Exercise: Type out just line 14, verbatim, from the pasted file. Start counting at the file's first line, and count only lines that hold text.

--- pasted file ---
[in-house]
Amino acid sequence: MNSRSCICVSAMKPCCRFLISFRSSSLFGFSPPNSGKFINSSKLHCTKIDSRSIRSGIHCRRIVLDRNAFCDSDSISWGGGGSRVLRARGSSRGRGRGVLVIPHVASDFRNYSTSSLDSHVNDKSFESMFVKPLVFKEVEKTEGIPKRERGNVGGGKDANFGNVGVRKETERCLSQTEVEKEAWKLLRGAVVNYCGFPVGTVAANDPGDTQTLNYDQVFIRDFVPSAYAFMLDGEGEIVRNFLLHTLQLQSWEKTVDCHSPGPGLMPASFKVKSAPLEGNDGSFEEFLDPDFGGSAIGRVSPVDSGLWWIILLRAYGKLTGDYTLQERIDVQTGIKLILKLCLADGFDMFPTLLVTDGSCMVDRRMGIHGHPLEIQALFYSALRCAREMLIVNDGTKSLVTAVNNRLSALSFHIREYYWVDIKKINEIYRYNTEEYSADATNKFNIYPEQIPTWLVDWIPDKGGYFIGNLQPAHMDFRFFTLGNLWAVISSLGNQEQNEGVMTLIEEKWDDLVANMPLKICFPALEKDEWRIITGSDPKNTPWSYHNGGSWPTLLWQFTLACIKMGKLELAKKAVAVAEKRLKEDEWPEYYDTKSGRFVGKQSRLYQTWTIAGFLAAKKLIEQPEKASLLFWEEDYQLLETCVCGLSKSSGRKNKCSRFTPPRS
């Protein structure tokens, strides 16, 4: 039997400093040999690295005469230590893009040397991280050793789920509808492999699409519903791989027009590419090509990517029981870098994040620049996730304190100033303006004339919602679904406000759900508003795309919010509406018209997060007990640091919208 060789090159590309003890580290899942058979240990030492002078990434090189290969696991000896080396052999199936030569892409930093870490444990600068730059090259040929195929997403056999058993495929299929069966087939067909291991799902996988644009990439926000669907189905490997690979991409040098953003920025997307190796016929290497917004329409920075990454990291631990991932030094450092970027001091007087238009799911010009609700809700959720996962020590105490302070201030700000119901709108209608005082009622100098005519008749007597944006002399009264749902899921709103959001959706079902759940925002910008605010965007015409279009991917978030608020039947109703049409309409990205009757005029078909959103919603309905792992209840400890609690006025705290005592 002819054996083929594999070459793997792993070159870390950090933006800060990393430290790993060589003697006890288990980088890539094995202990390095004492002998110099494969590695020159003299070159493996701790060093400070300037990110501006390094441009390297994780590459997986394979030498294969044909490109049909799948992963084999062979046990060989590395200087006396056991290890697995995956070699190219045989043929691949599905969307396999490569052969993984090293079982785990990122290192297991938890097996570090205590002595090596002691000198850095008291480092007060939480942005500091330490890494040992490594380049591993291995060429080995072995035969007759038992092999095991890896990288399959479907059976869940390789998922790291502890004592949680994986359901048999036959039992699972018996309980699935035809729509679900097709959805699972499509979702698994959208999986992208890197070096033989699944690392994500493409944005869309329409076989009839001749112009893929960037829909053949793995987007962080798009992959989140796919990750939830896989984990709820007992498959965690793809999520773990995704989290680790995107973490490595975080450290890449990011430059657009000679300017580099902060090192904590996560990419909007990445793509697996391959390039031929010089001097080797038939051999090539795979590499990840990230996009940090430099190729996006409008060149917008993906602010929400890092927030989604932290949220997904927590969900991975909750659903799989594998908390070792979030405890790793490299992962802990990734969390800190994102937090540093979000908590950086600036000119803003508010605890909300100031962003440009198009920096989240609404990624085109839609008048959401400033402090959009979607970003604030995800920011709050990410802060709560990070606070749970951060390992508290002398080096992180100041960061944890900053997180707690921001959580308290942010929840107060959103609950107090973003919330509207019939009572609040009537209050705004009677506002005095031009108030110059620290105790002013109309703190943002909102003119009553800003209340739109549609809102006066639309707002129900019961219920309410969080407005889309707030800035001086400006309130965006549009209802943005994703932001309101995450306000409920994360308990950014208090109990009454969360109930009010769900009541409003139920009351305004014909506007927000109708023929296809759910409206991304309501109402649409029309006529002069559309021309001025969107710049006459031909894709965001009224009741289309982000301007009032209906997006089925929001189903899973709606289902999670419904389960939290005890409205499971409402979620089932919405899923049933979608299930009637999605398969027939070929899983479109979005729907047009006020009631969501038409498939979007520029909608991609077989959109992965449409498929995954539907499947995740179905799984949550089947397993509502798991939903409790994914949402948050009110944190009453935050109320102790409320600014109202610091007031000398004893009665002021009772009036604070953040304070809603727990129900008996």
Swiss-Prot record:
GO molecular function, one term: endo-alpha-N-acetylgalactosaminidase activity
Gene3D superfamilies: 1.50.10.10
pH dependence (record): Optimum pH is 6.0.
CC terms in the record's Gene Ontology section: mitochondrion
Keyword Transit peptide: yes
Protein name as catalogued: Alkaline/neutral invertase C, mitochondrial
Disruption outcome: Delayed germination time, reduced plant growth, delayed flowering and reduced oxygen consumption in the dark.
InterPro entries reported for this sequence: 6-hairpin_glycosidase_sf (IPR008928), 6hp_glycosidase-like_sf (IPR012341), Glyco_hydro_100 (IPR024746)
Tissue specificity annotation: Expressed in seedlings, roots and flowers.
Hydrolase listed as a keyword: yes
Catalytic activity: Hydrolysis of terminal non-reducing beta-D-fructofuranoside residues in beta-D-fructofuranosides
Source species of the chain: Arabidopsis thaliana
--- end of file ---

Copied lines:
Hydrolase listed as a keyword: yes